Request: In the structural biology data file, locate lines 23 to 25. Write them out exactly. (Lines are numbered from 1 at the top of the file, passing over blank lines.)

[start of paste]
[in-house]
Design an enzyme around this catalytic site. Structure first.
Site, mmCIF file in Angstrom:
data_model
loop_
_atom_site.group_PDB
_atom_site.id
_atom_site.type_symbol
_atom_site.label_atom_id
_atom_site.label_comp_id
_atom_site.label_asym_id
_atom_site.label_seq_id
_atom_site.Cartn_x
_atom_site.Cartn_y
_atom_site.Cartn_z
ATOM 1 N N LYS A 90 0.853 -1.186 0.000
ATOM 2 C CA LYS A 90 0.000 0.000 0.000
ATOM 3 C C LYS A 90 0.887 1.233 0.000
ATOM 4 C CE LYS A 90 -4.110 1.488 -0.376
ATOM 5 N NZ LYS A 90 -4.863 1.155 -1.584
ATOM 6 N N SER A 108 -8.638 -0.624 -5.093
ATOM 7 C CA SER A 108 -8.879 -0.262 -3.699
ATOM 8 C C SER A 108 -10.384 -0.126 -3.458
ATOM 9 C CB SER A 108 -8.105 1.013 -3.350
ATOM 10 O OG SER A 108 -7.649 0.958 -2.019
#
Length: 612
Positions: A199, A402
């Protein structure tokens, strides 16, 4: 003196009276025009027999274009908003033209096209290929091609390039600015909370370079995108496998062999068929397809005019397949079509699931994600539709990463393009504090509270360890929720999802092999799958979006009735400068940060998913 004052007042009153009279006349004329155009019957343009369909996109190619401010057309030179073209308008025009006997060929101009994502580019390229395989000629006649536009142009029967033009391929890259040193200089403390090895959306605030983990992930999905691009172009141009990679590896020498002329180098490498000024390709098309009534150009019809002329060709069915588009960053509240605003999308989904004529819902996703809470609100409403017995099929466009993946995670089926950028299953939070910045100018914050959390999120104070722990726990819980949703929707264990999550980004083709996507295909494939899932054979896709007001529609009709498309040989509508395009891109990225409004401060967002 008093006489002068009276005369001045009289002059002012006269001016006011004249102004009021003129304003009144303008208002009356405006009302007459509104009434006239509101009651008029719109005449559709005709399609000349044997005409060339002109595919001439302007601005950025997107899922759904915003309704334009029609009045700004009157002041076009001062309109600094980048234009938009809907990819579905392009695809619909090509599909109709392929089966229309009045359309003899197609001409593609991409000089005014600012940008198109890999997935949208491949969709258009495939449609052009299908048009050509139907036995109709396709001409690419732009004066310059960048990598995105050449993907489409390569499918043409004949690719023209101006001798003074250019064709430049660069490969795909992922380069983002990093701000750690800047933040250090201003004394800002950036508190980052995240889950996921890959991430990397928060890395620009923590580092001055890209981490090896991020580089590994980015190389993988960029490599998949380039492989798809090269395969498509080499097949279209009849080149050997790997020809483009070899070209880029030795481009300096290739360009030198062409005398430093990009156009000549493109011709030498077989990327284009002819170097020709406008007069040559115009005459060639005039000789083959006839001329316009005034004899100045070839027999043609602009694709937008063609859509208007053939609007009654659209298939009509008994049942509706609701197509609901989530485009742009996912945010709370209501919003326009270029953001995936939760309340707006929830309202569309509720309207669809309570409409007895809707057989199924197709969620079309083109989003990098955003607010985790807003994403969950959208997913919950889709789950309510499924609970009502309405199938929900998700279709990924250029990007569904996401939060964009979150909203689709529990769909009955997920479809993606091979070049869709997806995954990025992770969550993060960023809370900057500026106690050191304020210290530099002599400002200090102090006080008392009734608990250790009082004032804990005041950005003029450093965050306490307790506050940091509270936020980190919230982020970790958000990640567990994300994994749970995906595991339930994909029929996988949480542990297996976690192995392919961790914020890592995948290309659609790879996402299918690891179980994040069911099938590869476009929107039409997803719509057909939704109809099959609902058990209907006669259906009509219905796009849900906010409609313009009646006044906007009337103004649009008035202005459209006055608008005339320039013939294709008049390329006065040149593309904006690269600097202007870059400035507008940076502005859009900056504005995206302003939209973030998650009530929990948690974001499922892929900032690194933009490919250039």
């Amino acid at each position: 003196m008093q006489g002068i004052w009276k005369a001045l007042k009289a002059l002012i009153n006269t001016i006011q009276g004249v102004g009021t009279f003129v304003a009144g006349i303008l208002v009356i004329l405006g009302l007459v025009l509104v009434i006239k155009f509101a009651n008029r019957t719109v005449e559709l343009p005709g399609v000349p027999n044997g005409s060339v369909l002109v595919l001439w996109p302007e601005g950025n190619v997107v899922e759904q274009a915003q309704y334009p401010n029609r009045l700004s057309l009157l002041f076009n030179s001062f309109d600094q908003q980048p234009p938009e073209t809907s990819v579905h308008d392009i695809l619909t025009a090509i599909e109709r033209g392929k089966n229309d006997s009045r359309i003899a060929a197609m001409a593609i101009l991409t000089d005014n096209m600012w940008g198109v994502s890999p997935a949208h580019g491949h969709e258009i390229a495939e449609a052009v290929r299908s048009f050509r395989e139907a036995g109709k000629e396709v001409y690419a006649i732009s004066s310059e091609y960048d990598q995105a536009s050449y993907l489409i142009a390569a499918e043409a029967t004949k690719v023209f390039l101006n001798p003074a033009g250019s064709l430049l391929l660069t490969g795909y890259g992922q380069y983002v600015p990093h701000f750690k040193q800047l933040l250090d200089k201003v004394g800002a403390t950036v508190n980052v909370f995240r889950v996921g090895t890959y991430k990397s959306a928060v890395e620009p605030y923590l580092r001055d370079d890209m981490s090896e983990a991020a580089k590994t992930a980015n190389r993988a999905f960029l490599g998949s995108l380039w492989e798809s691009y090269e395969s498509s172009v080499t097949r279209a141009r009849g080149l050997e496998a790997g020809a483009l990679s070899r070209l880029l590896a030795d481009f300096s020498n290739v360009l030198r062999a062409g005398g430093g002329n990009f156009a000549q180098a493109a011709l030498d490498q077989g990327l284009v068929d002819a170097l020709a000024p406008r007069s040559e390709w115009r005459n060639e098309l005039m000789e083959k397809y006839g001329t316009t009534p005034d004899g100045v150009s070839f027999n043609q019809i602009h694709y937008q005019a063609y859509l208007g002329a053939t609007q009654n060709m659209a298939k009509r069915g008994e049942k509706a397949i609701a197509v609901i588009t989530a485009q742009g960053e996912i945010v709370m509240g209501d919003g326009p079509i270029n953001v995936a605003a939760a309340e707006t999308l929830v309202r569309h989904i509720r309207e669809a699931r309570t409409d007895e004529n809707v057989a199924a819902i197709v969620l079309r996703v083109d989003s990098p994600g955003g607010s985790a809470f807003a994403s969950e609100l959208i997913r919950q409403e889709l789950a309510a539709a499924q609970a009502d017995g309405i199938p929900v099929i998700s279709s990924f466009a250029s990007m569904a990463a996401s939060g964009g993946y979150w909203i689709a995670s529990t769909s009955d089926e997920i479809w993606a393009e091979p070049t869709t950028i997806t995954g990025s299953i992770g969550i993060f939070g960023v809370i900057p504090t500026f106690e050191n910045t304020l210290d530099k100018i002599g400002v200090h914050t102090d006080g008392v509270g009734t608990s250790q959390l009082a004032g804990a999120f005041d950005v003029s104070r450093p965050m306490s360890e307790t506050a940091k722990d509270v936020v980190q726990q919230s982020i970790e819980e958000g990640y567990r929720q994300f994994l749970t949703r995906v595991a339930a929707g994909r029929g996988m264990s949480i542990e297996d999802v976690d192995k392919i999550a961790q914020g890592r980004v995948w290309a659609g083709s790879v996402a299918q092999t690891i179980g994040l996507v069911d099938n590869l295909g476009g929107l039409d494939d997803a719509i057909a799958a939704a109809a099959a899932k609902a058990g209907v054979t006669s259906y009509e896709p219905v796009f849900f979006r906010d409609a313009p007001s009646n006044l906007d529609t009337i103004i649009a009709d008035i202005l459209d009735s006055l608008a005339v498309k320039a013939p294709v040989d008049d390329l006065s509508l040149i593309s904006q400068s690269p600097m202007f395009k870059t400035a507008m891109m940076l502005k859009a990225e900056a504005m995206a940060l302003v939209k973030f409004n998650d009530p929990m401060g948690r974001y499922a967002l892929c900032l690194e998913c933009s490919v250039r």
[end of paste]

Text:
ATOM 8 C C SER A 108 -10.384 -0.126 -3.458
ATOM 9 C CB SER A 108 -8.105 1.013 -3.350
ATOM 10 O OG SER A 108 -7.649 0.958 -2.019